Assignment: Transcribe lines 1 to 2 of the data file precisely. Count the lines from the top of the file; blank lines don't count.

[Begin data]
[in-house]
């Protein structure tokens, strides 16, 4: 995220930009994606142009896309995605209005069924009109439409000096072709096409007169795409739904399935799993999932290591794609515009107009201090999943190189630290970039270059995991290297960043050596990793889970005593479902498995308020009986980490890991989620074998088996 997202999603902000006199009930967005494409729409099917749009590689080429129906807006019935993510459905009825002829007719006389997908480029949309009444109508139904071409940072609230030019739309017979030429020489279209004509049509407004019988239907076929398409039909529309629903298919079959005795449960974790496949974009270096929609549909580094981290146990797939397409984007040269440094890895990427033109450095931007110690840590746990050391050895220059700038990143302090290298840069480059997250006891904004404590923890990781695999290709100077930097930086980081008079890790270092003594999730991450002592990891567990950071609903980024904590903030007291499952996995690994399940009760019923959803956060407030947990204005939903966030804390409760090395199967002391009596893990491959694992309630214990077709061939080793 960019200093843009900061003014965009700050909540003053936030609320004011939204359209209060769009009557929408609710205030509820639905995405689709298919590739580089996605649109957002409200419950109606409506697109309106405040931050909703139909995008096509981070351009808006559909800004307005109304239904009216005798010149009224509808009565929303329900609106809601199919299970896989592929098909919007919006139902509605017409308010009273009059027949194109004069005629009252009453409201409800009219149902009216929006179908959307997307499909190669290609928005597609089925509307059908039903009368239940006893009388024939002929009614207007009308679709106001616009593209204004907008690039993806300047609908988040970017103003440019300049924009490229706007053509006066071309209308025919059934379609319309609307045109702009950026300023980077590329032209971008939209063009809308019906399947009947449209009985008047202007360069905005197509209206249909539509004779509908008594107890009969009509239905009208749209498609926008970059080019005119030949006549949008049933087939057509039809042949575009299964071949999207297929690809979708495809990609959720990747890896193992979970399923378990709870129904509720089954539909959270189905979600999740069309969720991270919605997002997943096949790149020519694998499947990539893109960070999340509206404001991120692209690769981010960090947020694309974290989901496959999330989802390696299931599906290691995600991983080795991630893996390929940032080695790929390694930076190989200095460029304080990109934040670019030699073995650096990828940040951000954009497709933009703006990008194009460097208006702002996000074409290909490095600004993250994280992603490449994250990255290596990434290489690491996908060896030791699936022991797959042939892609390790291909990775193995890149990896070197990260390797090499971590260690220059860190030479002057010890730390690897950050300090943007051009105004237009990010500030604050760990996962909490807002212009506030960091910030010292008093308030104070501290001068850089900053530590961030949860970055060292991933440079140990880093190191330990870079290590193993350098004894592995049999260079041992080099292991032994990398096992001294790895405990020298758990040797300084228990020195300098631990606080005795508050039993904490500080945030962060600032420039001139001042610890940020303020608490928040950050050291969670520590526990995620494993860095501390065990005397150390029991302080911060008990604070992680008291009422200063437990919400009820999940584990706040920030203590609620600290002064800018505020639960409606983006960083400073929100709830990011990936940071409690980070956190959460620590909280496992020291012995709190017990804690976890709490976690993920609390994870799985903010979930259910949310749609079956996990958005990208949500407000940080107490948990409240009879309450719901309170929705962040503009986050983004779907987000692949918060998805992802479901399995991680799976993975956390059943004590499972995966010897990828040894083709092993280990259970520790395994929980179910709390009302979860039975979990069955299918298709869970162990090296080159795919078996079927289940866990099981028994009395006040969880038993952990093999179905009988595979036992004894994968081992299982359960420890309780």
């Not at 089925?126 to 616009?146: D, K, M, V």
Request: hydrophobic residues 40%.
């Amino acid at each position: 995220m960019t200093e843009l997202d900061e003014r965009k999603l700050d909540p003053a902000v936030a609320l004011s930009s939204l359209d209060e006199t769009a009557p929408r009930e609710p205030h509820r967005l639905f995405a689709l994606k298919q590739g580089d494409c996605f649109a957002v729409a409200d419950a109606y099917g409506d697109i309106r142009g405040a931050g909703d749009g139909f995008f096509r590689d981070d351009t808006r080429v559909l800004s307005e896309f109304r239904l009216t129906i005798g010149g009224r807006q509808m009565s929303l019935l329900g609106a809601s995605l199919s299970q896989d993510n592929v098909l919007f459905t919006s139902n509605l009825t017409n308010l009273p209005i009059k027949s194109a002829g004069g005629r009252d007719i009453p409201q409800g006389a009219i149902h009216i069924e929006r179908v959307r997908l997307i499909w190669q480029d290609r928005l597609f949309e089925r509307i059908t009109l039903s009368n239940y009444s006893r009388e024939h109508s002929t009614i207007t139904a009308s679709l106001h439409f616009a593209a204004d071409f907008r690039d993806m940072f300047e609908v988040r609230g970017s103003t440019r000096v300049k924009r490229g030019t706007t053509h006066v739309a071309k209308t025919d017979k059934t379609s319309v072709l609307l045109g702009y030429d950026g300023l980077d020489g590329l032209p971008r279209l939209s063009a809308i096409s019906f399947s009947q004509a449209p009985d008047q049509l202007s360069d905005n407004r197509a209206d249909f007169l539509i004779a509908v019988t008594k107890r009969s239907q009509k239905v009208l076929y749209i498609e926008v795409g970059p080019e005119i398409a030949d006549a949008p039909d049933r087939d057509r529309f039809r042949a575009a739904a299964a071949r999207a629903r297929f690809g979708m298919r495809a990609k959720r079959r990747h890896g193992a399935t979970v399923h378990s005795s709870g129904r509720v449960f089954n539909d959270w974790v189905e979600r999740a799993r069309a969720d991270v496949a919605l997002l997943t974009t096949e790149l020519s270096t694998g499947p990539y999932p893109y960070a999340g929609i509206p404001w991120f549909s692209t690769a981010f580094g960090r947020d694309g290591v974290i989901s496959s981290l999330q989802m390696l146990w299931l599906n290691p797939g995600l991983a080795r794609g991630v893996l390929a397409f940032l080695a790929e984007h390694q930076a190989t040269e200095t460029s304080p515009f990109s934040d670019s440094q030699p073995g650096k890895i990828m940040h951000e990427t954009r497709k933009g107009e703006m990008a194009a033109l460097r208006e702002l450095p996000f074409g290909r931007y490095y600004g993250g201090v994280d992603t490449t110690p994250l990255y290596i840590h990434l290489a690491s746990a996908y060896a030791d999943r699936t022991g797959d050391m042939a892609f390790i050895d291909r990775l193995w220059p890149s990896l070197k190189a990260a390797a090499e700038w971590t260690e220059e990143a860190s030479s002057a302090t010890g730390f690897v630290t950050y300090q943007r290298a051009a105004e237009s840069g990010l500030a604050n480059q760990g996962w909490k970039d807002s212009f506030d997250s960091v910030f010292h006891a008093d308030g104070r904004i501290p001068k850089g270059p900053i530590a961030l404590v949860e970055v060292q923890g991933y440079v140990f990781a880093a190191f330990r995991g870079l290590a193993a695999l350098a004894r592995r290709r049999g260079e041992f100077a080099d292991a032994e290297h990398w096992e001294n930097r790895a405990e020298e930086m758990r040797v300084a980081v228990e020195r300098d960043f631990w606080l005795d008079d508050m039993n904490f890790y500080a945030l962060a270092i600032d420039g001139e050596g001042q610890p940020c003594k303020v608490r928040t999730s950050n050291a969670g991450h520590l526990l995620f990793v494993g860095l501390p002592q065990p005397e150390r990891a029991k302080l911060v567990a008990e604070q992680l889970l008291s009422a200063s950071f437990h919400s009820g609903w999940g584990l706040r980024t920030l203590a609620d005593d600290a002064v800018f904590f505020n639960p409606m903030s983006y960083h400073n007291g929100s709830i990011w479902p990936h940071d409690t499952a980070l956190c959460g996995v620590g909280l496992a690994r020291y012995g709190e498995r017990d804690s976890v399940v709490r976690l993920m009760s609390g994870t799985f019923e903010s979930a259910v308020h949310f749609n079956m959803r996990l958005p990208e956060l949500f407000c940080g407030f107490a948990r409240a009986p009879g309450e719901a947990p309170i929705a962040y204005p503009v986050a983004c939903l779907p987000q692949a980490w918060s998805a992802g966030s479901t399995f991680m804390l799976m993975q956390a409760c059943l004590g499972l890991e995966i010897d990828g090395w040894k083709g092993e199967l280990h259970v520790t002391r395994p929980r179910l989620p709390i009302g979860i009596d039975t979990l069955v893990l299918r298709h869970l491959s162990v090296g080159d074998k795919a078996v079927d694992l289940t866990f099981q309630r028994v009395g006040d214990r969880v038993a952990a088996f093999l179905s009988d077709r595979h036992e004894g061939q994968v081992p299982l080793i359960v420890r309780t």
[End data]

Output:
[in-house]
């Protein structure tokens, strides 16, 4: 995220930009994606142009896309995605209005069924009109439409000096072709096409007169795409739904399935799993999932290591794609515009107009201090999943190189630290970039270059995991290297960043050596990793889970005593479902498995308020009986980490890991989620074998088996 997202999603902000006199009930967005494409729409099917749009590689080429129906807006019935993510459905009825002829007719006389997908480029949309009444109508139904071409940072609230030019739309017979030429020489279209004509049509407004019988239907076929398409039909529309629903298919079959005795449960974790496949974009270096929609549909580094981290146990797939397409984007040269440094890895990427033109450095931007110690840590746990050391050895220059700038990143302090290298840069480059997250006891904004404590923890990781695999290709100077930097930086980081008079890790270092003594999730991450002592990891567990950071609903980024904590903030007291499952996995690994399940009760019923959803956060407030947990204005939903966030804390409760090395199967002391009596893990491959694992309630214990077709061939080793 960019200093843009900061003014965009700050909540003053936030609320004011939204359209209060769009009557929408609710205030509820639905995405689709298919590739580089996605649109957002409200419950109606409506697109309106405040931050909703139909995008096509981070351009808006559909800004307005109304239904009216005798010149009224509808009565929303329900609106809601199919299970896989592929098909919007919006139902509605017409308010009273009059027949194109004069005629009252009453409201409800009219149902009216929006179908959307997307499909190669290609928005597609089925509307059908039903009368239940006893009388024939002929009614207007009308679709106001616009593209204004907008690039993806300047609908988040970017103003440019300049924009490229706007053509006066071309209308025919059934379609319309609307045109702009950026300023980077590329032209971008939209063009809308019906399947009947449209009985008047202007360069905005197509209206249909539509004779509908008594107890009969009509239905009208749209498609926008970059080019005119030949006549949008049933087939057509039809042949575009299964071949999207297929690809979708495809990609959720990747890896193992979970399923378990709870129904509720089954539909959270189905979600999740069309969720991270919605997002997943096949790149020519694998499947990539893109960070999340509206404001991120692209690769981010960090947020694309974290989901496959999330989802390696299931599906290691995600991983080795991630893996390929940032080695790929390694930076190989200095460029304080990109934040670019030699073995650096990828940040951000954009497709933009703006990008194009460097208006702002996000074409290909490095600004993250994280992603490449994250990255290596990434290489690491996908060896030791699936022991797959042939892609390790291909990775193995890149990896070197990260390797090499971590260690220059860190030479002057010890730390690897950050300090943007051009105004237009990010500030604050760990996962909490807002212009506030960091910030010292008093308030104070501290001068850089900053530590961030949860970055060292991933440079140990880093190191330990870079290590193993350098004894592995049999260079041992080099292991032994990398096992001294790895405990020298758990040797300084228990020195300098631990606080005795508050039993904490500080945030962060600032420039001139001042610890940020303020608490928040950050050291969670520590526990995620494993860095501390065990005397150390029991302080911060008990604070992680008291009422200063437990919400009820999940584990706040920030203590609620600290002064800018505020639960409606983006960083400073929100709830990011990936940071409690980070956190959460620590909280496992020291012995709190017990804690976890709490976690993920609390994870799985903010979930259910949310749609079956996990958005990208949500407000940080107490948990409240009879309450719901309170929705962040503009986050983004779907987000692949918060998805992802479901399995991680799976993975956390059943004590499972995966010897990828040894083709092993280990259970520790395994929980179910709390009302979860039975979990069955299918298709869970162990090296080159795919078996079927289940866990099981028994009395006040969880038993952990093999179905009988595979036992004894994968081992299982359960420890309780």